One of the most important steps for an aspiring artist is to have their work seen and critiqued by professionals, and that is exactly the purpose of the new Wilson Gallery installment of student works and the accompanying exhibit titled “The Judges.”
Students from every class of the visual communications major submit works or groups of works for adjudication by outside professionals who decide what works will be featured in the final exhibition.
Visual communications faculty, Tai Lipan, who is also responsible for organizing and curating the Wilson Gallery shows, highlighted that the exhibition is different every year depending on the jurors. Some years, a juror will choose the works that they think are not only the strongest, but also have a unifying theme around which they can shape the exhibition. Some jurors insist on limiting the number of works they accept from an individual artist.
This year, however, the jurors picked whichever work they thought was strongest regardless of class rank or the number of works an artist already has in the show. Lipan admits that this makes the show slightly less inclusive across the board, but also affirms that this method ensures that “the show focuses on the strongest work. Not every student has something in, some students have more than one thing in.”
The student works on display were created no later than the end of the 2016 fall semester, but in the interim between creation and submission students focused on how to best present their work, or in Lipan’s words, to have their work “show ready and mounted.” Since the department focuses on graphic design, a considerable part of the artists’ efforts go into the packaging of their work and how they look next to each other as they might when pitching their services to a company.
For example, a branding project for an Italian restaurant features wall decorations and a logo idea, and more are arranged as an artistically unified set. As any student or observer of graphic design knows, excellent packaging for a product—even if the product itself is packaging—is just as important as an excellent product, thus the experience of selling their work to a juror prepares AU students for selling their work to a client.
Whereas the majority of the Wilson Gallery space is dedicated to student works, the accompanying exhibit “The Judges,” focuses on the works of the jurors themselves. Judges Jenn Mansell and Ryan Pickard, who work for MilesHerndon in Indianapolis, provide input based on their experience working in the field now and give both students and visitors a glimpse into industry standards and their own creative abilities by showcasing their work alongside that of the students.
Many times, when students or professionals submit work to galleries or clients, they may never know why their work was or was not selected. Although AU students do not often received direct commentary form jurors, Lipan hopes “The Judges” will help them understand the people reviewing their work.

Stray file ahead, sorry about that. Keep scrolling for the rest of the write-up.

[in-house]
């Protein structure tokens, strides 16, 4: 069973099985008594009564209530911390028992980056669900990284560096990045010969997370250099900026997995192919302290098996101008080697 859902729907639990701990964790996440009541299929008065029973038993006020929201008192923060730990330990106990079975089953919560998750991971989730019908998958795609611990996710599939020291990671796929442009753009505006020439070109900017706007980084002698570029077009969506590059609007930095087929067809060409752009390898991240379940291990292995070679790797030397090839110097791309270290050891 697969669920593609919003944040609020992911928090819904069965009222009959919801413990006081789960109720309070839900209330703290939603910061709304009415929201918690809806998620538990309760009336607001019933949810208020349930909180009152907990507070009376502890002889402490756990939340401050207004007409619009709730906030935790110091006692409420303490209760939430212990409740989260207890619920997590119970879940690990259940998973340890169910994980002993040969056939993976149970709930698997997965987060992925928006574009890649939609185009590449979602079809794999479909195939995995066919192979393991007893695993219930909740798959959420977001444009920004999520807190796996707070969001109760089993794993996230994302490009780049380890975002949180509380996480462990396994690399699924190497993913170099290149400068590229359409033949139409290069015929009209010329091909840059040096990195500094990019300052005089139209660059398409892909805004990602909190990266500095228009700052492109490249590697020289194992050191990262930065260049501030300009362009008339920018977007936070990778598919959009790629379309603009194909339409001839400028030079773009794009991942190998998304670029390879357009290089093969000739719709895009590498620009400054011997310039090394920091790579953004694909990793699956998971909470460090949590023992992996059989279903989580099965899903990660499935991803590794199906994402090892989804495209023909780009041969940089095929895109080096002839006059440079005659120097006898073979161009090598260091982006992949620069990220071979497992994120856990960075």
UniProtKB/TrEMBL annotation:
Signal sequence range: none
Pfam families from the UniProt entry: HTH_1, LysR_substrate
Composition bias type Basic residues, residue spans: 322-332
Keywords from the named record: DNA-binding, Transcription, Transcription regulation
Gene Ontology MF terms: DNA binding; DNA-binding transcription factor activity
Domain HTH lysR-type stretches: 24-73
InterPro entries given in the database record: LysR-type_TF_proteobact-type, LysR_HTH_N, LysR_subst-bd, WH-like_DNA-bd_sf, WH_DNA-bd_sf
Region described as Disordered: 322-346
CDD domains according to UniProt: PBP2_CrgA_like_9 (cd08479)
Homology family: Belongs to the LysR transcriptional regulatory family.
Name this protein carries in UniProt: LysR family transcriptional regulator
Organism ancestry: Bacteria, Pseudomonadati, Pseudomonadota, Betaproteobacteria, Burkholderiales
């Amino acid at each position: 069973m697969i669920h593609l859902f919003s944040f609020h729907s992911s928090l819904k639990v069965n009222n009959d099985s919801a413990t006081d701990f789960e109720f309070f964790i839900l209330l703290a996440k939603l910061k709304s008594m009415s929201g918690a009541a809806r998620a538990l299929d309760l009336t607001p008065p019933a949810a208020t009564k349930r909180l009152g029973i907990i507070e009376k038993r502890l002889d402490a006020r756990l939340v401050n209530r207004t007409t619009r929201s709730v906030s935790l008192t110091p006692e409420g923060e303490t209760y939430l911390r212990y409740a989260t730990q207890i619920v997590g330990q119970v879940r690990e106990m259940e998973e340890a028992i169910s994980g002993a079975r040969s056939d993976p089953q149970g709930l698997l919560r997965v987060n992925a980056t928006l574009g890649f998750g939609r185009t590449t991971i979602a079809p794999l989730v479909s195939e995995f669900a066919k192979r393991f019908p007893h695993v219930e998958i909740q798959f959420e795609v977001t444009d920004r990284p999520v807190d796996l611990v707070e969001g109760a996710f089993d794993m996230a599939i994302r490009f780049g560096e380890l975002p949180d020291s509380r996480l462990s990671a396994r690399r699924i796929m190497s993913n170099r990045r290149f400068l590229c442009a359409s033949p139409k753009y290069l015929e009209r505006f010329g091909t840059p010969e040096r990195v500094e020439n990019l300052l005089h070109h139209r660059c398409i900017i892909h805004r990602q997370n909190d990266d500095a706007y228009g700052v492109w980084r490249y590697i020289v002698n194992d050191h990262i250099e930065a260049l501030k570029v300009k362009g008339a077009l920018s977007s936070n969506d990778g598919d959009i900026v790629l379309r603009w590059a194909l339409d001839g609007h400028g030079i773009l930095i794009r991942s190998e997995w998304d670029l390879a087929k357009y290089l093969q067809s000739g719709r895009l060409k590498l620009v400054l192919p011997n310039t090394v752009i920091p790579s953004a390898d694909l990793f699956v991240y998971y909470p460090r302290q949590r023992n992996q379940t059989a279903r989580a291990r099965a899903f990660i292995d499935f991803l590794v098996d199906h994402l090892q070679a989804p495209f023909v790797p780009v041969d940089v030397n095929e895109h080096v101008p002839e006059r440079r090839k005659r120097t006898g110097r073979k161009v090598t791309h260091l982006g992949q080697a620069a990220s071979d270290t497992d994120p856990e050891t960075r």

“They get a little window, by seeing the artist’s work, to the value system of professionals by giving them the context,” Lipan said. “[They] connect with individuals with whom they could have connections for work or internships.”
Lipan hopes that, by getting to know the work of local professionals they might get a glimpse into what will be expected of them when they fully enter the field upon graduating.
As with any art form, opinions on what makes “good graphic design” differ based on who, where and when one asks. With a different set of jurors every year, students and faculty alike can get outside opinions on design trends, reinforce lessons from the classroom or learn something new from those who are pushing the industry forward. Lipan stressed that doing this helps students see that their “opinions matter but aren’t the only opinions” and help to “not have students just end with hurt feelings but get outside input” to understand feedback, favorable or otherwise.
The exhibition shows the wide scope to which graphic design is applied. There are T-shirt designs and movie posters, but also calendars, journals, infographics, glassware and even packaging for Lego products.
Students will notice a similarity in the kind of products on display simply because much of the work comes from classroom projects that focus on those specific products.
Lipan asserts the importance of these kinds of projects not only because they mirror the average graphic designer’s everyday work, but also because they encourage “creative freedom within limitations. They can bring personality to work” even within the limits of classroom guidelines, while the classroom projects require “a ton of prep work so that stylistically, even if you favor something, your portfolio isn’t all of the same thing.”
The Student Juried Exhibition and “The Judges” is showing in the Wilson Gallery in the upstairs portion of the Fine Arts building Monday through Friday 9 a.m. to 4 p.m. from now through Feb. 24.